We've been told that the Philippines has two seasons; the dry season and the wet season. Well the wet season started just shortly after we arrived here and will continue for the next couple of months. We have had some rains and thunder storms that have been exciting. We've even been told that there will be flooding, electricity outages, and typhoon warnings while we are here. We have been anxiously awaiting these fun adventures. We purchased candles, watched the thunder and lightening storms from our house, and anxiously awaited the phone call telling us we don't have to work because there is just too much rain. Well none of this has happened yet, but last night was sure fun. Jeanette and I were heading home from dinner and our cab was stopped in traffic. Then our cab driver asked us if he could just drop up off here because there was flooding on the approaching road and cars could not get through. We laughed and then realized he was serious. Flooding there was! We had to cross the road to get to our apartment and so we walked through water well past our ankles. No I realize this seems like nothing to many of you (and I'm sure we will experience worse), but I couldn't help but chuckle as cockroaches floated by. I tried to divert my mind from previous images I've had of the pollution, mounds of trash, human feces and other bodily fluids that I see lining this street on a regular basis. Fun times!

Oh, I forgot to tell you about our adventure a few days previous. It was raining really hard and we had to go to the store, so we decided we would just get a cab. Well every other person in Metro Manila had the same thought and there were no cabs available. We stood in the pouring rain for some time waiting for a cab and just when we were about to give up............ a man with a horse and buggy showed up to save the day. Yes, in Metro Manila with something million people and traffic worse than New York City, we took a horse and buggy to the grocery store!

I'm sure there will be more fun stories to tell like these from our adventures in the rain. So stay tuned.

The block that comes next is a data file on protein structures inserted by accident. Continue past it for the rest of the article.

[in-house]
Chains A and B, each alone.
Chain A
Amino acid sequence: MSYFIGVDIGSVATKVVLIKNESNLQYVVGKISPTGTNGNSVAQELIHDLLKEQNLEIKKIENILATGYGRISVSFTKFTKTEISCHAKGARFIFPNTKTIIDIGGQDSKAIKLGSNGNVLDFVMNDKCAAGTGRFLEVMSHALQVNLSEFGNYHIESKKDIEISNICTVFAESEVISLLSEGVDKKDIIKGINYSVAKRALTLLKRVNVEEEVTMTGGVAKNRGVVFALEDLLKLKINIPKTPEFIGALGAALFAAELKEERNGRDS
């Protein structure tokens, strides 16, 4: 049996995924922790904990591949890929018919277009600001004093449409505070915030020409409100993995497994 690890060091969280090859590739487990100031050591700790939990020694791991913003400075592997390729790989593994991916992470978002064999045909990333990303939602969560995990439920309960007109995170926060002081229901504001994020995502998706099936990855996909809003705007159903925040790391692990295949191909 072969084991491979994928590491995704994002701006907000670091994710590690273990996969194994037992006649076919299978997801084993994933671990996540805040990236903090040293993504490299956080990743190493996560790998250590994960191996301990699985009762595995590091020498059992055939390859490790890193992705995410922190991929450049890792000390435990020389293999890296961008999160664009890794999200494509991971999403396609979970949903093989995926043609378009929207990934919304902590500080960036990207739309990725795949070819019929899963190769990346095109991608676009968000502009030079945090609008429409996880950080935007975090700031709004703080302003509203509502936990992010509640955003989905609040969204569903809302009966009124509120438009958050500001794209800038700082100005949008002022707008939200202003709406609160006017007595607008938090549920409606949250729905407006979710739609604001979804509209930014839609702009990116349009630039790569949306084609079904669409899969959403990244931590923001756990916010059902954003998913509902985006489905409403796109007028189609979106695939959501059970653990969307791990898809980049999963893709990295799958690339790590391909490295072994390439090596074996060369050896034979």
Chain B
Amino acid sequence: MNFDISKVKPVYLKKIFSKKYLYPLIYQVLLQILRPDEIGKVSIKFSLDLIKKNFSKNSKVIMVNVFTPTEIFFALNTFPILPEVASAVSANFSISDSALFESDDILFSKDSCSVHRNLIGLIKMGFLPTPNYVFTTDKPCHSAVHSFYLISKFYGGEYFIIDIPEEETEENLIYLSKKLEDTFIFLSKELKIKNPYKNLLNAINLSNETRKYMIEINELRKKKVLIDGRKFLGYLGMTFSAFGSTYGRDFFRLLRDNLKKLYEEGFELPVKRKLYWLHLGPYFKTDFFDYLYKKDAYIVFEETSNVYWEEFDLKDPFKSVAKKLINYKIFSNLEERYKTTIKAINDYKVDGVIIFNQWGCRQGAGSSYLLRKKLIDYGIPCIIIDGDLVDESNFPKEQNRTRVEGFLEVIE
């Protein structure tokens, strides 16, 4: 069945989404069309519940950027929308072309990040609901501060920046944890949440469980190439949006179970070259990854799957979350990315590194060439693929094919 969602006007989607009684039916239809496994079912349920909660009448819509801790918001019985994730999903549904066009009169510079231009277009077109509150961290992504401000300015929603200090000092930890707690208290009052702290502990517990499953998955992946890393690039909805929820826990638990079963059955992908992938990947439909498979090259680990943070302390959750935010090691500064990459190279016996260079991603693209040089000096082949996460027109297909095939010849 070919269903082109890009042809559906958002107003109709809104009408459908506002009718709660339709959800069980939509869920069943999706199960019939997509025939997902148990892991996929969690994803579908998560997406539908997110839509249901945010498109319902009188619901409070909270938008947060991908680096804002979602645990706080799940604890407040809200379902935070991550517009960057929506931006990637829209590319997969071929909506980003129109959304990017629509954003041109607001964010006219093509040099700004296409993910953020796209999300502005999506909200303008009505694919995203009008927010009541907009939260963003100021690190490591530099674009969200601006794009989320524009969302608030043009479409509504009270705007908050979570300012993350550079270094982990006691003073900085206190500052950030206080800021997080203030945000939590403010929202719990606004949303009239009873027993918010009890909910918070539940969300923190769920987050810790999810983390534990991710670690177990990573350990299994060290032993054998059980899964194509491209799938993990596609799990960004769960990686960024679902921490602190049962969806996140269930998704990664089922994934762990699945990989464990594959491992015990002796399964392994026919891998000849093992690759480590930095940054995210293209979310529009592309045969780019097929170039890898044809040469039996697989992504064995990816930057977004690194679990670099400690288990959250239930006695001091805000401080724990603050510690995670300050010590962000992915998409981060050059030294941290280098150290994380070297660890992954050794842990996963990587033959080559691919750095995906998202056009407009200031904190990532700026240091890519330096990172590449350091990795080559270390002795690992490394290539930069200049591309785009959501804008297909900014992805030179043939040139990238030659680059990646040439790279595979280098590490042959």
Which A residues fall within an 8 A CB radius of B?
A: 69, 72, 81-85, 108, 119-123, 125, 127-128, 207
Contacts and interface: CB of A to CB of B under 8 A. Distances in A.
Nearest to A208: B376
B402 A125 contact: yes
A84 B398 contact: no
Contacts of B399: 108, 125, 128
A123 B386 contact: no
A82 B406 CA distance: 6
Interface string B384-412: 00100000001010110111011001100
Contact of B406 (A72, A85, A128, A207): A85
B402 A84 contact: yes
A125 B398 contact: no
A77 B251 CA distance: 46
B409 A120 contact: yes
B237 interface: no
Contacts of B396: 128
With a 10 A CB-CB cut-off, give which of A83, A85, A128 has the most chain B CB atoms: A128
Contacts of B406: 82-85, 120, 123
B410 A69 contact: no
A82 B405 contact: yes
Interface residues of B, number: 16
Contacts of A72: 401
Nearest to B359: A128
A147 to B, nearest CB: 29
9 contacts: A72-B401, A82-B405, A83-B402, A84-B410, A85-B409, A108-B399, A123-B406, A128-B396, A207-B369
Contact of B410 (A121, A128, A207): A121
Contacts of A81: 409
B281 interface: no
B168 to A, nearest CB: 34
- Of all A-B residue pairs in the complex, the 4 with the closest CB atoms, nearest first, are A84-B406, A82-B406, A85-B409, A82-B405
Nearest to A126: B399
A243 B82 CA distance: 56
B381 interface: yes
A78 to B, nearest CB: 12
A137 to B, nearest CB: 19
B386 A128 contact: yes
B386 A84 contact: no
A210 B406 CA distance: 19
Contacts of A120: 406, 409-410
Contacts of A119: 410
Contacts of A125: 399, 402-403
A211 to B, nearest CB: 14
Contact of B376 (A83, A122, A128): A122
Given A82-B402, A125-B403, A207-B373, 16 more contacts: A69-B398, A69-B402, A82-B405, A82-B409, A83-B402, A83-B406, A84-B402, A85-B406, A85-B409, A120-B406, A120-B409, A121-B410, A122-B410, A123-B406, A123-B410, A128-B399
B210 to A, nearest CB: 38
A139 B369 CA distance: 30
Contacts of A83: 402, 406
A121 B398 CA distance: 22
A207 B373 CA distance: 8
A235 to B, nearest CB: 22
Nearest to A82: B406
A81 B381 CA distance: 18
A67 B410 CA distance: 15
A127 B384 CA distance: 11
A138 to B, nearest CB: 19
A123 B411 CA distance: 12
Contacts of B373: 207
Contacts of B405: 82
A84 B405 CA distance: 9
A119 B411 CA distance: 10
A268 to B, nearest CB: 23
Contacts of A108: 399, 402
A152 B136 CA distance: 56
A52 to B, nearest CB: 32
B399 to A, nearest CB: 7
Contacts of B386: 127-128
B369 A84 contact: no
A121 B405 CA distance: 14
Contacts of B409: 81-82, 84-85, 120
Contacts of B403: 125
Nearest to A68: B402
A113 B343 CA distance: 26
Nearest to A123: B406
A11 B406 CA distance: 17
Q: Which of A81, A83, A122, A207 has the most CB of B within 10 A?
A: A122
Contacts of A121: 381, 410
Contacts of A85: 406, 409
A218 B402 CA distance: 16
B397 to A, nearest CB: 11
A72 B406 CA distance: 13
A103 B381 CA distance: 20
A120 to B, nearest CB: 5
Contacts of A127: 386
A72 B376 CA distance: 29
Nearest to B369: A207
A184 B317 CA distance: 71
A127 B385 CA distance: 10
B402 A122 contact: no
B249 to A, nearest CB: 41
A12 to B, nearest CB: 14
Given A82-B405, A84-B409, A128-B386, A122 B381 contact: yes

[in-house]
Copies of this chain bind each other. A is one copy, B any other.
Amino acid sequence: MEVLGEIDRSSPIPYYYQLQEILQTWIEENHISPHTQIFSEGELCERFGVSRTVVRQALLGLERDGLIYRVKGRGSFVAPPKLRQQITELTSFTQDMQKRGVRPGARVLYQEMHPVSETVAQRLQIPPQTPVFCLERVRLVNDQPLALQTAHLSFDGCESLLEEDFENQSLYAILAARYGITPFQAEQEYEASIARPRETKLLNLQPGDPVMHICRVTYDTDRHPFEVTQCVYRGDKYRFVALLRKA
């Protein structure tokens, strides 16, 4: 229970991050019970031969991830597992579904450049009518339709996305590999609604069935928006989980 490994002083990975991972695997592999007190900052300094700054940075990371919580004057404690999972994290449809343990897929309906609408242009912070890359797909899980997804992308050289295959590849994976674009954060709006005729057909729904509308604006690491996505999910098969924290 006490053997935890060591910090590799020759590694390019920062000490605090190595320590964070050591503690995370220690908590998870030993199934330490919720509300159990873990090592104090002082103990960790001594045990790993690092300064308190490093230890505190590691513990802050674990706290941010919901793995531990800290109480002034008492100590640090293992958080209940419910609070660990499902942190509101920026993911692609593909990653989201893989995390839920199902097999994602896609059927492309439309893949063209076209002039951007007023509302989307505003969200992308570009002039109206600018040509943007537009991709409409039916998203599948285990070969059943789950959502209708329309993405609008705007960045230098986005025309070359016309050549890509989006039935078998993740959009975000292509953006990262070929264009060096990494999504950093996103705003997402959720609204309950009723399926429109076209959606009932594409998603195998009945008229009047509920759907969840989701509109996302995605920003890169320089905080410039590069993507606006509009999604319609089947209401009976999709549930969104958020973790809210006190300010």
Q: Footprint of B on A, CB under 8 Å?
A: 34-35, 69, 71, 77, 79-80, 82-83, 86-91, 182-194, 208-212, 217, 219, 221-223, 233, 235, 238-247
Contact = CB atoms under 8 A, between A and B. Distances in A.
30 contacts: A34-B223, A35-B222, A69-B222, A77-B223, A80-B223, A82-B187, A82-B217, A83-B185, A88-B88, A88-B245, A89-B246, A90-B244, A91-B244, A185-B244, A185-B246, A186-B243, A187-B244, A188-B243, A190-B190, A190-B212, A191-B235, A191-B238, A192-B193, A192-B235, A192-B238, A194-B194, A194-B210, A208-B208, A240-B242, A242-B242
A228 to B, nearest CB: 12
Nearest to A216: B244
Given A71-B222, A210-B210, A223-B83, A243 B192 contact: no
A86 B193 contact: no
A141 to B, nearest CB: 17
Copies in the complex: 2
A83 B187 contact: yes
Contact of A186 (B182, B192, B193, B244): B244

Sunday, July 8, 2007

Jen's Book Club

I’ve turned into somewhat of a bookworm lately. Since being in school for the last one hundred years of my life, I have craved reading books for pleasure as I snuggle up in my bed. So, this is exactly what I have done since I have been here. I have actually gone through all of the books I brought already. I am loving it! I have learned some great things, some of which I want to share with you today.

First, is from the book, To Draw Closer to God by Henry B. Eyring. This book has many great reminders of how we can improve our relationships with God and our ability to be directed by Him. I have often struggled with feeling like I can be everything that I want to be and accomplish everything I desire. It just seems to be overwhelming sometimes. In the end of this book there was a much needed reminder for me. It says, “All of that will come naturally, in time, from the covenants you make and keep as you follow him. And in the process you will experience a mighty change of heart. You may not have seen that mighty change in yourself yet. But it will come as you continue to follow him. You can trust that he will qualify you…..”

Another great book I read was, A long way gone: memoirs of a boy soldier. This book was a gut wrenching story of a young boy who was forced from his family and home, eventually forced into war as a soldier. If you have not read this book, you must. It is unbelievable the things that occurred in this young mans life, and even more unbelievable, who this young man has become. This book opened my mind to several different lessons. Where much is given, much is required. In this situation, this boy was given lots, lots of horrible, life changing, gut wrenching, inhuman experiences that no one should ever have to deal with. He used all that was given to him and has tried to make a difference in the world. We must give what we can. We must share the experiences we have had and the things we have learned with one another. How else are we going to figure out life if we don’t have tales of great triumph and tales of great sorrow. I have much to be grateful for and much to give others.